Jo Burzynska has a career spanning two decades in wine and sonic art. As a wine writer and wine judge she has contributed to wine magazines and competitions internationally and is the author of the book, Wine Class (Random House). She is also an active sound artist, whose work in recent years has increasingly drawn on her interest in taste and olfaction in projects that include multisensory installations and performances, as well as establishing of the world’s first “oenosthetic” bar at The Auricle in New Zealand where she matched wines with the exhibitions and the sounds in the space. She also writes on sound and has had articles published in magazines such as The Wire and is the co-editor of Writing Around Sound sonic arts journal, the third issue of which is launched at this event.

Wines kindly supplied by Pegasus Bay, Quartz Reef and The Boneline.
The exclusive glass sponsor for this event and Jo’s research is Riedel.

 

 

 

 

 

Making crossmodal connections

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A visit to Occidental College’s multisensory labSasha & carmel small

While in LA I took the opportunity to catch up with cognitive scientists Carmel Levitan and Sasha Sherman at their multisensory lab at Occidental College. I was keen to learn more about their research into sensory interaction given Carmel’s previous research into crossmodal correspondences between music, odour and emotion and Sasha’s interest in the brain and art.

 

As well as pursuing their own research in the multisensory labs, Carmel and Sasha use with students to study how the different senses interact to influence a range of perceptual and cognitive states, and the role of social and emotional factors in mediating these states.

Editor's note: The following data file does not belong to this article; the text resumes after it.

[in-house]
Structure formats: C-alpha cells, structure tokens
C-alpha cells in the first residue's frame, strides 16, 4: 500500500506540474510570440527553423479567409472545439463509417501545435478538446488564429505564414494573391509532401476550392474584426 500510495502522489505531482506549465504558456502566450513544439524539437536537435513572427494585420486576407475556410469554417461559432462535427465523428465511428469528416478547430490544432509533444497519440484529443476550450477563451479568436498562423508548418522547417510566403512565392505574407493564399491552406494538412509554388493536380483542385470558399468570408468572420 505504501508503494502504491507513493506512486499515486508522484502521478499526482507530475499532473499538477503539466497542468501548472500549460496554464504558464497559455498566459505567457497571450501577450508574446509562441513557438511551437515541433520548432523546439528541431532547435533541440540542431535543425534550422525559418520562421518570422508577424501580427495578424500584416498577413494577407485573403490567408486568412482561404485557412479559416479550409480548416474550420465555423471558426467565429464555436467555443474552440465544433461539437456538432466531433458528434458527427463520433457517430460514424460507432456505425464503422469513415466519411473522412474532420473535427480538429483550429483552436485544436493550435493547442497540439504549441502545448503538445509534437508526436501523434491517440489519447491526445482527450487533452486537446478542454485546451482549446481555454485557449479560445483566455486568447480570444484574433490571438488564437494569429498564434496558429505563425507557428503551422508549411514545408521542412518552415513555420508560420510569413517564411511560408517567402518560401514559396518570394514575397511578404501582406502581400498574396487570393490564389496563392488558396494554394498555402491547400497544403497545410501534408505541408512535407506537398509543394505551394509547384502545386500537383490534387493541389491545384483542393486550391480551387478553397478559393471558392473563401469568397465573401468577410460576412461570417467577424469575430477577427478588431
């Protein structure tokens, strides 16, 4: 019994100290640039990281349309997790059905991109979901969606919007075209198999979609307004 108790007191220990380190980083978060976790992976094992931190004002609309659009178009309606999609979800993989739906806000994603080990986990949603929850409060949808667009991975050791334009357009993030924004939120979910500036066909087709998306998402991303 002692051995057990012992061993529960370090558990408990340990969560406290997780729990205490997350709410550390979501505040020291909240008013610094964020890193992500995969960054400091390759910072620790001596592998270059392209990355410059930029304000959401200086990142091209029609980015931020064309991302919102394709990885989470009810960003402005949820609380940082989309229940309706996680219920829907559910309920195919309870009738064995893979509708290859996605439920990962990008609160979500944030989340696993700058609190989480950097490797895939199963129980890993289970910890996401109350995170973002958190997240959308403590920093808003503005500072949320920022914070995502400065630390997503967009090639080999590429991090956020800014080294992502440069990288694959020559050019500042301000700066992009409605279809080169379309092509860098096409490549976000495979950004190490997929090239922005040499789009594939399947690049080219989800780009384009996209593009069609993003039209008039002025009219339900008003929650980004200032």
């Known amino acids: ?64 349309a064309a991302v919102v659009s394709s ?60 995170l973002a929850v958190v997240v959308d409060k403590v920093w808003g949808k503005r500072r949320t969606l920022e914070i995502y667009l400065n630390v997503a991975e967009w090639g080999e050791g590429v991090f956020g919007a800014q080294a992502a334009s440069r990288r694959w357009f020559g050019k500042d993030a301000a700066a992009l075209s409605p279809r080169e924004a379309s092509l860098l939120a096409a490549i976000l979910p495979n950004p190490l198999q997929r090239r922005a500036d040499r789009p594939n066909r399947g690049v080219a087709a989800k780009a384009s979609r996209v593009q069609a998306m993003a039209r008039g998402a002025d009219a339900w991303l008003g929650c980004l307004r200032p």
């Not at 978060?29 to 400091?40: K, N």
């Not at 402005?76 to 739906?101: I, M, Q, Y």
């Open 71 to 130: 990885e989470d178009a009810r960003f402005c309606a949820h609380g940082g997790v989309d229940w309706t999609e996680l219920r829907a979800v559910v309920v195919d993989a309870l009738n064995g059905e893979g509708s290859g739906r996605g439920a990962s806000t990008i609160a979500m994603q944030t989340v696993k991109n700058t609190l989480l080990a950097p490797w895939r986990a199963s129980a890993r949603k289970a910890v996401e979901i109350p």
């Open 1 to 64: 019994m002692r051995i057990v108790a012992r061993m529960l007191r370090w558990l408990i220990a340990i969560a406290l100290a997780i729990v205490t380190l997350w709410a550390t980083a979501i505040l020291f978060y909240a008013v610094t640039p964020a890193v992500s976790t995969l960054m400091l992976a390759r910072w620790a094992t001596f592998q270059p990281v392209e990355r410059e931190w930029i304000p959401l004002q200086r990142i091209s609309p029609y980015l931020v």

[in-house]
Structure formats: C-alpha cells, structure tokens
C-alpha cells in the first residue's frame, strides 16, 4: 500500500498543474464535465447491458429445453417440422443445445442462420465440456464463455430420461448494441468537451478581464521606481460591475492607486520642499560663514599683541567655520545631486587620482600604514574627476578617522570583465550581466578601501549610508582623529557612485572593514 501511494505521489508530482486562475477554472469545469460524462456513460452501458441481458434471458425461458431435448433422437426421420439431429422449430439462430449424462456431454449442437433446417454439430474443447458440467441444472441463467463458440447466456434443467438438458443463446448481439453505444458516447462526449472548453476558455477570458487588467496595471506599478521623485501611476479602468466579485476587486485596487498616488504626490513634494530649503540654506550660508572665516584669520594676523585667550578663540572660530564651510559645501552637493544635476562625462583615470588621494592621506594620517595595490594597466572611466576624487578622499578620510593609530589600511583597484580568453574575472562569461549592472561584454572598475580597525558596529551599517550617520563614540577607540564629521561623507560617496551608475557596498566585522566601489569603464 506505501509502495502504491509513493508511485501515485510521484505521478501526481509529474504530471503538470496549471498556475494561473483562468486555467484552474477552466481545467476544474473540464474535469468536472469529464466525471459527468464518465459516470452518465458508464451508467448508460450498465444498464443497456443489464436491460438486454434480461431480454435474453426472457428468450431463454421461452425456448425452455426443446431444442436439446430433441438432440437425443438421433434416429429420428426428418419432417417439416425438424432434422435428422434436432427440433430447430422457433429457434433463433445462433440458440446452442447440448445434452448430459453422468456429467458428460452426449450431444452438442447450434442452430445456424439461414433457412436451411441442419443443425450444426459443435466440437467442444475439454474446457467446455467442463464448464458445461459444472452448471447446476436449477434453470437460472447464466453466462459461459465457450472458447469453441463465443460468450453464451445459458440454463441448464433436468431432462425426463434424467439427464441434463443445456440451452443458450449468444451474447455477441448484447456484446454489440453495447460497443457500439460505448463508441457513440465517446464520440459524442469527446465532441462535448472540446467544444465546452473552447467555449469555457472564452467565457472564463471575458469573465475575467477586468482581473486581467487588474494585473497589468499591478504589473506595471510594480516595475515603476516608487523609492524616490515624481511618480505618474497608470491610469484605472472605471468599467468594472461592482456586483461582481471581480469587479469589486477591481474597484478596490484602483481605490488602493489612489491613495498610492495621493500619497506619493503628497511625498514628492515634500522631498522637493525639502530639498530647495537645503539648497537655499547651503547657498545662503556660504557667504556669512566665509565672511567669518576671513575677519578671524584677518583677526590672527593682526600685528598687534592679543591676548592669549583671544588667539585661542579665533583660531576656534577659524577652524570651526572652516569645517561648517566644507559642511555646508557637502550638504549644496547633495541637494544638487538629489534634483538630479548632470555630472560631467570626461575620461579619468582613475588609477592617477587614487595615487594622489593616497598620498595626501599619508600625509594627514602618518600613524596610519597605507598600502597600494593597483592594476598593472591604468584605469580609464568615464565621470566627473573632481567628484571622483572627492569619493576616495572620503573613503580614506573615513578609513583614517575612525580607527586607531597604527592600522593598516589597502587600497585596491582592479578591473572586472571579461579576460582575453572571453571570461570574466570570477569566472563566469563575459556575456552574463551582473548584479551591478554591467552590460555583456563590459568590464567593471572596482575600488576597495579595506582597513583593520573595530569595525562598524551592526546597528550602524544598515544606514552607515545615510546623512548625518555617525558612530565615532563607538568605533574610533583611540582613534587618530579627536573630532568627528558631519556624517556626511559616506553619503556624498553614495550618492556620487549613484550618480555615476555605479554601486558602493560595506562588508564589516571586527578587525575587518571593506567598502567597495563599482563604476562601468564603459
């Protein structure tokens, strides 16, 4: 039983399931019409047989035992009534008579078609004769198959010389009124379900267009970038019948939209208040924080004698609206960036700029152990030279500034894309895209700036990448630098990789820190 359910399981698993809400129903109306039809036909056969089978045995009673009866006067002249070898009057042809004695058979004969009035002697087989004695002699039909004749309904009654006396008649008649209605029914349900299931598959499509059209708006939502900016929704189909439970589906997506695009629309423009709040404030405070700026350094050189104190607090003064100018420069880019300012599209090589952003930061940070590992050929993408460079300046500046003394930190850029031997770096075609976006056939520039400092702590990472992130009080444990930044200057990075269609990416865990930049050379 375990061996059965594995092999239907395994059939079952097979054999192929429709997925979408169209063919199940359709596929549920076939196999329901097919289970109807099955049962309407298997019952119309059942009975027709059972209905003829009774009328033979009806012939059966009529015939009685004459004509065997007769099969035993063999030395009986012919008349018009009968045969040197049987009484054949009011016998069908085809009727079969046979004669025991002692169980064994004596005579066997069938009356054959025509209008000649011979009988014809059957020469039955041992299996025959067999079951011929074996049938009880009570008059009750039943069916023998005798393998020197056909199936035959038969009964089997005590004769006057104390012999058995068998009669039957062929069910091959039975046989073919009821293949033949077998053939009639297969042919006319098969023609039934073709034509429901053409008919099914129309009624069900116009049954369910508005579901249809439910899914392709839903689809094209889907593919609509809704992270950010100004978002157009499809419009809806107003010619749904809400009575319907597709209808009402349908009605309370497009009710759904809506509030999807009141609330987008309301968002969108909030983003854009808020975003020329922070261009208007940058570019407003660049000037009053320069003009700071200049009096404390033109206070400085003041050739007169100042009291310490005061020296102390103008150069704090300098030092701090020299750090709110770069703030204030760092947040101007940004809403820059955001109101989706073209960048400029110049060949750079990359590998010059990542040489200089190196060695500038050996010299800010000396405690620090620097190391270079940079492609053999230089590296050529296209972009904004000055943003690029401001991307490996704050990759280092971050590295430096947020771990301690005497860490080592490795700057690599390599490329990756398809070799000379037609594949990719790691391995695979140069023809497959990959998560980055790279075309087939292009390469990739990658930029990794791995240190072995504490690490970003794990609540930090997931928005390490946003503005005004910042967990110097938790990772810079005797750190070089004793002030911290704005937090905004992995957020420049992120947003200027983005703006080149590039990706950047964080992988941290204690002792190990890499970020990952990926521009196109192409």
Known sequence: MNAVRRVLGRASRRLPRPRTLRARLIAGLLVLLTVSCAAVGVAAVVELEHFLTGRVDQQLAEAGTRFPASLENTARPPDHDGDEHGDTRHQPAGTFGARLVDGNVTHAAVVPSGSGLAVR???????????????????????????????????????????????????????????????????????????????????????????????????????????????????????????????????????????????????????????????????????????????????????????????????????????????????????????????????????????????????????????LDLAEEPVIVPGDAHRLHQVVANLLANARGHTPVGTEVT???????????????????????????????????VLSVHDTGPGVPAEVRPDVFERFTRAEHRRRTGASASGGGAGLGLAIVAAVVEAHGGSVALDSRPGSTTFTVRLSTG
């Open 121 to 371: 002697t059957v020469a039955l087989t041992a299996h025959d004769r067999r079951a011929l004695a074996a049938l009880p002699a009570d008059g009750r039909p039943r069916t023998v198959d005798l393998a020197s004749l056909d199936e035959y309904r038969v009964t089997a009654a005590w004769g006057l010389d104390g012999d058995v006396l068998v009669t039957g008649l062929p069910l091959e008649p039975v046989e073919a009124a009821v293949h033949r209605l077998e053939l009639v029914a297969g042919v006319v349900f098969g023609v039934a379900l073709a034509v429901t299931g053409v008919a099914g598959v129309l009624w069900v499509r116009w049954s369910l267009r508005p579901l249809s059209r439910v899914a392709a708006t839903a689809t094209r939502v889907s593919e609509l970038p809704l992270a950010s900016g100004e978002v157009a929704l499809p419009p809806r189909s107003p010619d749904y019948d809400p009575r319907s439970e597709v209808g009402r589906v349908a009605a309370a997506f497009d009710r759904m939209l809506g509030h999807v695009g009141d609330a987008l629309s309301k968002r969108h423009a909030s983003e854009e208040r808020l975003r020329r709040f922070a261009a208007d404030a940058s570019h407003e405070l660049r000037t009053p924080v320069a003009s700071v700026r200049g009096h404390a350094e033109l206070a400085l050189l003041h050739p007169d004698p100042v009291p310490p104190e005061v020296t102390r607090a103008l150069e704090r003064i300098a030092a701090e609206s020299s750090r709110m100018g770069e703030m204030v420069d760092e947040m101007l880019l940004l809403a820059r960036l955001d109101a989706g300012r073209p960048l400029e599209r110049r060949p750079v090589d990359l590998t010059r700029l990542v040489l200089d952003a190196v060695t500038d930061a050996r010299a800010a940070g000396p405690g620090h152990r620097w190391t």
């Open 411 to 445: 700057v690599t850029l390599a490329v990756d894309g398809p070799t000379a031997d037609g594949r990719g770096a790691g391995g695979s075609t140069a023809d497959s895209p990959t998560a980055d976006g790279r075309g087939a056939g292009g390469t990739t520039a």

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Sasha demonstrated an interesting experiment investigating whether priming participants with the same rhythm before a task made them work better together in performing it. With Carmel I sniffed some of the unfamiliar scents created for one of her olfactory experiments – Sasha’s dog Nacho also got in on the act, who I suggested likely had the best nose in the room. However, they told me about a study that suggested that the power human’s sense of smell could be more akin to a dog’s if our noses were closer to floor level!

 

I discussed with them my hopes that the crossmodal congruency between the smells and sounds that I would be using in my project at the Institute for Art and Olfaction would result in bringing different elements of its scent component to the fore. We also discussed the issue of olfactory adaptation, which is when you stop smelling something after prolonged contact. I’d aimed to keep the sound piece I’d made fairly short, but at around 12 minutes, one would expect this to occur. However, I wondered if sounds could retrigger the perception of smells within the work.

 

It was a great meeting with some exciting common research interests that may well develop into future arts-science collaborations.